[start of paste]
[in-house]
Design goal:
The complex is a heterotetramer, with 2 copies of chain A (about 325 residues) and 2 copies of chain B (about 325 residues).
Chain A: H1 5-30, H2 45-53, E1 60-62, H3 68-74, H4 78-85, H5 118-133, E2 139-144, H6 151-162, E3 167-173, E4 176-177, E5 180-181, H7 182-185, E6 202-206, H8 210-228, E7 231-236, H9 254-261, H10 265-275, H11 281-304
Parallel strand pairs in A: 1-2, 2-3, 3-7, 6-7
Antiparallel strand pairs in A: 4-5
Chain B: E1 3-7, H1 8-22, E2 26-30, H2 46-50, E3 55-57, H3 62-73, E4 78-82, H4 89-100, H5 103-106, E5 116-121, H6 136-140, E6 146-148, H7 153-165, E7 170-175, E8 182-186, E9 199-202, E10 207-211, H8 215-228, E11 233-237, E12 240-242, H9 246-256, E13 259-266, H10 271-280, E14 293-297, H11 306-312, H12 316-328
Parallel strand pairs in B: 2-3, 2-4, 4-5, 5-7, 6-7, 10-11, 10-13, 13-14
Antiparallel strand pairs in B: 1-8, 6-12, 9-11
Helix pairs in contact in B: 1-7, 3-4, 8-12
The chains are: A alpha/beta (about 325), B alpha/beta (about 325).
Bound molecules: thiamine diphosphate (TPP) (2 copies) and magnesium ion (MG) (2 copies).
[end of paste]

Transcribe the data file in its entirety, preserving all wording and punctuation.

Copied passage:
[in-house]
Design goal:
The complex is a heterotetramer, with 2 copies of chain A (about 325 residues) and 2 copies of chain B (about 325 residues).
Chain A: H1 5-30, H2 45-53, E1 60-62, H3 68-74, H4 78-85, H5 118-133, E2 139-144, H6 151-162, E3 167-173, E4 176-177, E5 180-181, H7 182-185, E6 202-206, H8 210-228, E7 231-236, H9 254-261, H10 265-275, H11 281-304
Parallel strand pairs in A: 1-2, 2-3, 3-7, 6-7
Antiparallel strand pairs in A: 4-5
Chain B: E1 3-7, H1 8-22, E2 26-30, H2 46-50, E3 55-57, H3 62-73, E4 78-82, H4 89-100, H5 103-106, E5 116-121, H6 136-140, E6 146-148, H7 153-165, E7 170-175, E8 182-186, E9 199-202, E10 207-211, H8 215-228, E11 233-237, E12 240-242, H9 246-256, E13 259-266, H10 271-280, E14 293-297, H11 306-312, H12 316-328
Parallel strand pairs in B: 2-3, 2-4, 4-5, 5-7, 6-7, 10-11, 10-13, 13-14
Antiparallel strand pairs in B: 1-8, 6-12, 9-11
Helix pairs in contact in B: 1-7, 3-4, 8-12
The chains are: A alpha/beta (about 325), B alpha/beta (about 325).
Bound molecules: thiamine diphosphate (TPP) (2 copies) and magnesium ion (MG) (2 copies).